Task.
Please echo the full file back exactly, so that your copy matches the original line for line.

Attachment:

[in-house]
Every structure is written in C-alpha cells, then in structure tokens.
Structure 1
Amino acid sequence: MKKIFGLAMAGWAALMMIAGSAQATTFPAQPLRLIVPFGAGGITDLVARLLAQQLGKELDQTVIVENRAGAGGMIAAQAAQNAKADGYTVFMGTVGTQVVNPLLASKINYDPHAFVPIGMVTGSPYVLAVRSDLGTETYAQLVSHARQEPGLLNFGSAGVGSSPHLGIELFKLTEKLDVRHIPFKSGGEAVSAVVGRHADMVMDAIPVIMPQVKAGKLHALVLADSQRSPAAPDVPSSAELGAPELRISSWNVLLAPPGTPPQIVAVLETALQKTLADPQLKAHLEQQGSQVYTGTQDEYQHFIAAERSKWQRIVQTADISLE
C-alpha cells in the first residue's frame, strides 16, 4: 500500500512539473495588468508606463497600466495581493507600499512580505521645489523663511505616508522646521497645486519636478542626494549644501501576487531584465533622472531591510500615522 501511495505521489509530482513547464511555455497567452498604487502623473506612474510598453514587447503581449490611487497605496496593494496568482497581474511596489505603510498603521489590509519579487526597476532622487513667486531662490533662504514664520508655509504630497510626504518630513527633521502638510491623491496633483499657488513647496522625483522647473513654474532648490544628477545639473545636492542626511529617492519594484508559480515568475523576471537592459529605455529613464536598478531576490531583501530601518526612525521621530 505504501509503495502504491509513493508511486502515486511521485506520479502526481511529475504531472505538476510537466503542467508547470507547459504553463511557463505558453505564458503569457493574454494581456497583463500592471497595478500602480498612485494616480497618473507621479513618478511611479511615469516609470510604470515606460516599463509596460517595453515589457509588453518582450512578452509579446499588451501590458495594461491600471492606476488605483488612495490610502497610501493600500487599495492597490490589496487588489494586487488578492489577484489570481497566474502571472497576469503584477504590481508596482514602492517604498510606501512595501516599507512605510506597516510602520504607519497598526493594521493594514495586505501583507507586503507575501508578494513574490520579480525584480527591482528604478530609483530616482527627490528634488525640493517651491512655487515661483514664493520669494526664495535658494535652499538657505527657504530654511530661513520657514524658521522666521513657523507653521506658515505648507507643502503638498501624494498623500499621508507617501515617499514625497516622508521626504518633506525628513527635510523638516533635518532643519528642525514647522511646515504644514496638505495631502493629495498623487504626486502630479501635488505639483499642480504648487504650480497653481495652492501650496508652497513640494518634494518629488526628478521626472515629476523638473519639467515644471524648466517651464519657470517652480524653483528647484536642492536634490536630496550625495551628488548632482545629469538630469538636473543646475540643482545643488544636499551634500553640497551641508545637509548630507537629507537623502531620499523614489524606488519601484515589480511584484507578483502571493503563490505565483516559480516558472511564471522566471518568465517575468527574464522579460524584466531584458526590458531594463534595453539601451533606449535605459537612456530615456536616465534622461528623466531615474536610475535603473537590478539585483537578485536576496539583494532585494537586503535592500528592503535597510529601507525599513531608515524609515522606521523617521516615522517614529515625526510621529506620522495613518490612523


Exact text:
[in-house]
Every structure is written in C-alpha cells, then in structure tokens.
Structure 1
Amino acid sequence: MKKIFGLAMAGWAALMMIAGSAQATTFPAQPLRLIVPFGAGGITDLVARLLAQQLGKELDQTVIVENRAGAGGMIAAQAAQNAKADGYTVFMGTVGTQVVNPLLASKINYDPHAFVPIGMVTGSPYVLAVRSDLGTETYAQLVSHARQEPGLLNFGSAGVGSSPHLGIELFKLTEKLDVRHIPFKSGGEAVSAVVGRHADMVMDAIPVIMPQVKAGKLHALVLADSQRSPAAPDVPSSAELGAPELRISSWNVLLAPPGTPPQIVAVLETALQKTLADPQLKAHLEQQGSQVYTGTQDEYQHFIAAERSKWQRIVQTADISLE
C-alpha cells in the first residue's frame, strides 16, 4: 500500500512539473495588468508606463497600466495581493507600499512580505521645489523663511505616508522646521497645486519636478542626494549644501501576487531584465533622472531591510500615522 501511495505521489509530482513547464511555455497567452498604487502623473506612474510598453514587447503581449490611487497605496496593494496568482497581474511596489505603510498603521489590509519579487526597476532622487513667486531662490533662504514664520508655509504630497510626504518630513527633521502638510491623491496633483499657488513647496522625483522647473513654474532648490544628477545639473545636492542626511529617492519594484508559480515568475523576471537592459529605455529613464536598478531576490531583501530601518526612525521621530 505504501509503495502504491509513493508511486502515486511521485506520479502526481511529475504531472505538476510537466503542467508547470507547459504553463511557463505558453505564458503569457493574454494581456497583463500592471497595478500602480498612485494616480497618473507621479513618478511611479511615469516609470510604470515606460516599463509596460517595453515589457509588453518582450512578452509579446499588451501590458495594461491600471492606476488605483488612495490610502497610501493600500487599495492597490490589496487588489494586487488578492489577484489570481497566474502571472497576469503584477504590481508596482514602492517604498510606501512595501516599507512605510506597516510602520504607519497598526493594521493594514495586505501583507507586503507575501508578494513574490520579480525584480527591482528604478530609483530616482527627490528634488525640493517651491512655487515661483514664493520669494526664495535658494535652499538657505527657504530654511530661513520657514524658521522666521513657523507653521506658515505648507507643502503638498501624494498623500499621508507617501515617499514625497516622508521626504518633506525628513527635510523638516533635518532643519528642525514647522511646515504644514496638505495631502493629495498623487504626486502630479501635488505639483499642480504648487504650480497653481495652492501650496508652497513640494518634494518629488526628478521626472515629476523638473519639467515644471524648466517651464519657470517652480524653483528647484536642492536634490536630496550625495551628488548632482545629469538630469538636473543646475540643482545643488544636499551634500553640497551641508545637509548630507537629507537623502531620499523614489524606488519601484515589480511584484507578483502571493503563490505565483516559480516558472511564471522566471518568465517575468527574464522579460524584466531584458526590458531594463534595453539601451533606449535605459537612456530615456536616465534622461528623466531615474536610475535603473537590478539585483537578485536576496539583494532585494537586503535592500528592503535597510529601507525599513531608515524609515522606521523617521516615522517614529515625526510621529506620522495613518490612523